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March Violets (Bernard Gunther, #1) March Violets by Philip Kerr

My rating: ★★★★✩

Good to go back and reread an old favorite. This is especially interesting as I recently finished up all the current ones in the series (I hear there's another one on the way) and it was fun to read this with all the knowledge of the coming books.

In this, the first book of the Berlin Noir trilogy (there are also 3 more after the trilogy in the Bernie Gunther series by Philip Kerr), Bernie is asked by Herman Six, rich industrialist (do they have those any more or is that a WW2 idiom?), to find a necklace stolen from his murdered daughter's safe. Of course, it isn't that straight forward and before you know it, Bernie is involved in some nasty politics with such Nazi "luminaries" as Himmler and Goerring. He of course, is anti-Nazi, even to his detriment, and spends time Dachau even.

Spolier Alert! I'll do this in white - select the text if you want to read it!

Looking back on it, there seems to be an over-reliance on coincidence. This is especially true in thes search for the women's necklace, as there is a sudden plot pivot towards the end that is a little hard to believe. He actually comes across the daughter but doesn't recognize her, because he's never seen a picture of her. Then he notices a picture on Six's desk of her and says "Oh, I know her!". They then have to try to rescue her from the clutches of Six's own thugs. Not sure I buy it - even if he isn't investigating her murder, and she was purportedly burned in a fire, I still feel like he would have seen a picture.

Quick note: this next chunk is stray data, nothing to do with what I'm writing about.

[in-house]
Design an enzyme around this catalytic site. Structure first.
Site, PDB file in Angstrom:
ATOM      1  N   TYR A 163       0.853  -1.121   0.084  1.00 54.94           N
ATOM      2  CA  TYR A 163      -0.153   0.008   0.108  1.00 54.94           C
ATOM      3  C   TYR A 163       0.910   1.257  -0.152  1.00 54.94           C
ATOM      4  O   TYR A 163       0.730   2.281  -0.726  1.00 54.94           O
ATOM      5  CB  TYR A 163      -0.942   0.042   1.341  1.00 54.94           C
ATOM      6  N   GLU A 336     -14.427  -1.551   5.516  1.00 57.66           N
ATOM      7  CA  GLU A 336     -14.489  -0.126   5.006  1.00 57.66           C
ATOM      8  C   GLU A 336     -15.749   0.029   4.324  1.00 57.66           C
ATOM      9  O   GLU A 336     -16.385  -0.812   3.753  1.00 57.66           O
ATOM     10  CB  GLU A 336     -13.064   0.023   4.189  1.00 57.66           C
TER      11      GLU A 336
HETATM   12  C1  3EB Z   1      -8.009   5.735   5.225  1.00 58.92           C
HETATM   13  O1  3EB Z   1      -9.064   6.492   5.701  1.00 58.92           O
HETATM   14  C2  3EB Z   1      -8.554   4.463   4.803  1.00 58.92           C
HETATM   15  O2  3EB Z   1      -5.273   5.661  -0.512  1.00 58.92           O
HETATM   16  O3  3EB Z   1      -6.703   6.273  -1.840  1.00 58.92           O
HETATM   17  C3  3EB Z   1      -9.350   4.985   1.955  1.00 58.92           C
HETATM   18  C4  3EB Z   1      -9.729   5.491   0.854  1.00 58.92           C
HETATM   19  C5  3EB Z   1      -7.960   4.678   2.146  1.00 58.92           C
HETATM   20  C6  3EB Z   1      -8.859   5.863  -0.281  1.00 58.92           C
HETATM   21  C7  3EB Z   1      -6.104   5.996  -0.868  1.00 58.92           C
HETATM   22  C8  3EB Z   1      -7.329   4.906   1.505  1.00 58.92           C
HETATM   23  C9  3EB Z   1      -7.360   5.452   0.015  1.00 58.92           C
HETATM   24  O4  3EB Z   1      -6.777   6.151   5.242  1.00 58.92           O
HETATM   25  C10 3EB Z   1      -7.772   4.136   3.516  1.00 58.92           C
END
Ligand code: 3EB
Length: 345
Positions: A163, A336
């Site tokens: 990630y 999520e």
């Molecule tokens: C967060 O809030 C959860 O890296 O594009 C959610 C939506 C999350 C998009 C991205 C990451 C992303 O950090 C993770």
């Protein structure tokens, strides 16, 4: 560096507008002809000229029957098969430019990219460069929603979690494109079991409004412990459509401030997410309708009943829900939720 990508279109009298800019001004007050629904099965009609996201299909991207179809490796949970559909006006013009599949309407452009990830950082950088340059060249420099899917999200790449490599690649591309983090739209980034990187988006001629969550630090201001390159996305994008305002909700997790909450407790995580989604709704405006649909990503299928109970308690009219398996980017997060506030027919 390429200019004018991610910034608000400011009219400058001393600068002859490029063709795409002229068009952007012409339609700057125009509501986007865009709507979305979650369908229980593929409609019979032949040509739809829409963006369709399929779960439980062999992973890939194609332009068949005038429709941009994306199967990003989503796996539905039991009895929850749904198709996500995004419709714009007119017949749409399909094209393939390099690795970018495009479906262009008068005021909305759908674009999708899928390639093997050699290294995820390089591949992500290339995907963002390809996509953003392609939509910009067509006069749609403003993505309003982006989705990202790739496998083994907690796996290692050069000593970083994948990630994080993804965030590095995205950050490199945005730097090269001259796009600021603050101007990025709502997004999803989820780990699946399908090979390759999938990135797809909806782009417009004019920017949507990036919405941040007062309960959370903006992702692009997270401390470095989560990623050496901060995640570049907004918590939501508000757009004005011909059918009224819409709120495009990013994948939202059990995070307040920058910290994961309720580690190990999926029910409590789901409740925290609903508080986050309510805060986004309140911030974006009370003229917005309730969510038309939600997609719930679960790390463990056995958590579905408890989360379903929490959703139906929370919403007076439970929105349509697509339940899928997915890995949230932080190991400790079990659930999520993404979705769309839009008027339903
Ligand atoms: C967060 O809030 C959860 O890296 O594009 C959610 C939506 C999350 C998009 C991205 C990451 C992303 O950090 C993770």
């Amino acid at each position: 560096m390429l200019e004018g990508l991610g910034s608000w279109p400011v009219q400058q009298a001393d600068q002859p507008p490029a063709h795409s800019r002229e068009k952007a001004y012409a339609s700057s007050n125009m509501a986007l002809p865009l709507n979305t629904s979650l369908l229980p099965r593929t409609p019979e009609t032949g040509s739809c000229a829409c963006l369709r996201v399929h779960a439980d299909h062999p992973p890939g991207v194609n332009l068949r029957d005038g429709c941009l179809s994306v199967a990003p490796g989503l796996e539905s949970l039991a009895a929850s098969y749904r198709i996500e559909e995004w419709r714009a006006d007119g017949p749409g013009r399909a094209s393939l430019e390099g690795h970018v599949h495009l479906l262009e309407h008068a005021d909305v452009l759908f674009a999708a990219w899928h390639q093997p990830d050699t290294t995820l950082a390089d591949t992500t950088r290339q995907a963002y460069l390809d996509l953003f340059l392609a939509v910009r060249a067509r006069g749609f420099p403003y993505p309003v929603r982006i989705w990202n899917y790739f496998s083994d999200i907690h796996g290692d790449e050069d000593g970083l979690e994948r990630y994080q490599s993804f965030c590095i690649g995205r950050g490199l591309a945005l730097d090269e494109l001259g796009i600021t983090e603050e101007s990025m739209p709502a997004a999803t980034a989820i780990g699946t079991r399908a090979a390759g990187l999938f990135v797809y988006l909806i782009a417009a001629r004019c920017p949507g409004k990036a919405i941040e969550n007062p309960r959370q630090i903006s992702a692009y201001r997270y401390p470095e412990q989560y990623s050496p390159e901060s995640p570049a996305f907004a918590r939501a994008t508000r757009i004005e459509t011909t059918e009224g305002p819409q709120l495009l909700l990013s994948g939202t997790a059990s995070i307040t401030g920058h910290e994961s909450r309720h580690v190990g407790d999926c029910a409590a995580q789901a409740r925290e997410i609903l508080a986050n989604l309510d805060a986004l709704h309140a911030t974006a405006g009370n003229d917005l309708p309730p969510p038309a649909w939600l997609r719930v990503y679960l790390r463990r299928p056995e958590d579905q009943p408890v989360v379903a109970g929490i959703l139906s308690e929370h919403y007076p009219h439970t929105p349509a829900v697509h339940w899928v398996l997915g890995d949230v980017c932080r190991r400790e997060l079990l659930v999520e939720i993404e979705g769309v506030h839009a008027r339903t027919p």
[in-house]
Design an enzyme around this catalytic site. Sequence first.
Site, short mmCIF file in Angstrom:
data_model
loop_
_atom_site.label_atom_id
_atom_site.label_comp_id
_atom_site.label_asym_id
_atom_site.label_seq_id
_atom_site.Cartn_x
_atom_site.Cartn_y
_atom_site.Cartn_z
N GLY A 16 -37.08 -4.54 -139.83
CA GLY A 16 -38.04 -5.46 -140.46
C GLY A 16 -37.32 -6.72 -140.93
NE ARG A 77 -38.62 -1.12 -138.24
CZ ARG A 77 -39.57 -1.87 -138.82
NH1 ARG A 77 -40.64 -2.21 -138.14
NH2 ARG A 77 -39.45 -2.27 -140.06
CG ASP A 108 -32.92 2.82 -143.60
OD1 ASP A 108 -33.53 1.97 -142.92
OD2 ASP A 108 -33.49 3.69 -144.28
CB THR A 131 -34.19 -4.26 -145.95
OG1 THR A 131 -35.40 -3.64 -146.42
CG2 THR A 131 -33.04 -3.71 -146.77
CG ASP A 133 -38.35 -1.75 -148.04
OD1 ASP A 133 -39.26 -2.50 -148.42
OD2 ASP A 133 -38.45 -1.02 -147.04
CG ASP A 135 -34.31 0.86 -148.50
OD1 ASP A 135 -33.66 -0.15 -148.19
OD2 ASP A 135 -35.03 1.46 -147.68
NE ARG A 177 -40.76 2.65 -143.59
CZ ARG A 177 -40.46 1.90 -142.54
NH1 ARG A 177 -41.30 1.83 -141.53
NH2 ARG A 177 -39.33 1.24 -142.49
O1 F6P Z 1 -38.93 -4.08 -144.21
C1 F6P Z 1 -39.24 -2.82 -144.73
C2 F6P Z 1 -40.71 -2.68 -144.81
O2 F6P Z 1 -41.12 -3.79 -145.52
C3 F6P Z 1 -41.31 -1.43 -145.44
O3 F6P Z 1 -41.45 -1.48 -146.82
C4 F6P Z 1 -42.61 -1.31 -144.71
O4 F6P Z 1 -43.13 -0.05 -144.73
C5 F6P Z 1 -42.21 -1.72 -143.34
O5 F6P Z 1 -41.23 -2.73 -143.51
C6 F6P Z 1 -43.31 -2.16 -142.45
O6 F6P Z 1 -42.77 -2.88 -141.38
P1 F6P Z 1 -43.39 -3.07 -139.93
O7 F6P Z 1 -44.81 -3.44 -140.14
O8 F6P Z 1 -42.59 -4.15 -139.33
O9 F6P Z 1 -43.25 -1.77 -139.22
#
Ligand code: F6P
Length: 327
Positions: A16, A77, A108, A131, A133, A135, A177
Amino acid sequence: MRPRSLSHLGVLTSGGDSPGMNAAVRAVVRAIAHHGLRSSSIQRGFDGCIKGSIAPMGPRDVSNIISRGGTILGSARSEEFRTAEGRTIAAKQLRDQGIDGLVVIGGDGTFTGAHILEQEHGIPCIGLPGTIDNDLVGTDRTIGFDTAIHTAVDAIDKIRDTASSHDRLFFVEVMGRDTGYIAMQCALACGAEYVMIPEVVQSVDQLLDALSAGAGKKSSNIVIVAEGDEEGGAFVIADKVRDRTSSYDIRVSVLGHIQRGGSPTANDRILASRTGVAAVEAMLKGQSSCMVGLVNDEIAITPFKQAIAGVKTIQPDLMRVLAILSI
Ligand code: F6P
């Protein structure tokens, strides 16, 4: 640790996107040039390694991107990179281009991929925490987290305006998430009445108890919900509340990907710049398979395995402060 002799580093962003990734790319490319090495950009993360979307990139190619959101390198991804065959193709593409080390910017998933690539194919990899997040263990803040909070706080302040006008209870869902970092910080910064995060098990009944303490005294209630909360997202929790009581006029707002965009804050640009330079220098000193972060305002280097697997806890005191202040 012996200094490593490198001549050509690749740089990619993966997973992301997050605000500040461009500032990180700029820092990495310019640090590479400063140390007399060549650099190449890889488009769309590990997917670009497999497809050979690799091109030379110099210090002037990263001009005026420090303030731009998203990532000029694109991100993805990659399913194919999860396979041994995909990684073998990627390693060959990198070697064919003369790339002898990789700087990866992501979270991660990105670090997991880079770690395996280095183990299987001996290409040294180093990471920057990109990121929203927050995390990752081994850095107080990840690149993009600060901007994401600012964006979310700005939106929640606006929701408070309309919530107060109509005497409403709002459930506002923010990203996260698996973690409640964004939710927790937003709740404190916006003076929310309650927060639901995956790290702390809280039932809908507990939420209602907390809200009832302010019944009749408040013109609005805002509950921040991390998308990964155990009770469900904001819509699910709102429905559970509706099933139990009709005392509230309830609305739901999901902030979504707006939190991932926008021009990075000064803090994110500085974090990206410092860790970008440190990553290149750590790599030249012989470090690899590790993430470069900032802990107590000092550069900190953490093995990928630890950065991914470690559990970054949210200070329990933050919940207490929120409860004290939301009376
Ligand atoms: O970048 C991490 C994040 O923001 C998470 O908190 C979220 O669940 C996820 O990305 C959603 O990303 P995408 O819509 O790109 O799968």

And I also need to read the next book in the trilogy, The Pale Criminal to see if Inge shows up again, as she went missing in this book and that plot point was left dangling.

But all in all, it was a fun read. I don't usually reread books, as I have too many on my To Read list already (313 at last count!). But this was fun, visiting an old friend, as I haven't read this book in probably 15 years. There were still some classic lines, which I need to get put into Goodreads. Try this book if you at all like dectective fiction - you won't be disappointed.

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March Violets
Philip Kerr

Vehement Flame #5

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Finally came out with Vehement Flame #5, with the following list of artists:

Citay, The New Pornographers, pandoras.box, Taken By Trees, lowercase noises, Xiu Xiu, The Asteroids Galaxy Tour, The Stompers, Black Rebel Motorcycle Club, The Moon And Her Mother, Psapp, Justine Bennett, Kasey Chambers & Shane Nicholson, GIGI, Big Pig

It's too big to upload, so please head on over to the web site for a listen. Or download it here:

Vehement Flame #5 : New and Free



Book Review: The Exile

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My rating: ★✩✩✩✩

What a bunch of junk. Wooden writing, cardboard characters and purple prose all led me to abandon this doorstop after less than 300 pages. Coincidences abound, emotions explode and very little of it makes any sense. 

Guess I'm just not the mass market thriller type.


The Exile
Allan Folsom

Friday Media [5]

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Not a whole bunch of media notes, but enough to fill a Media [5] again, I think: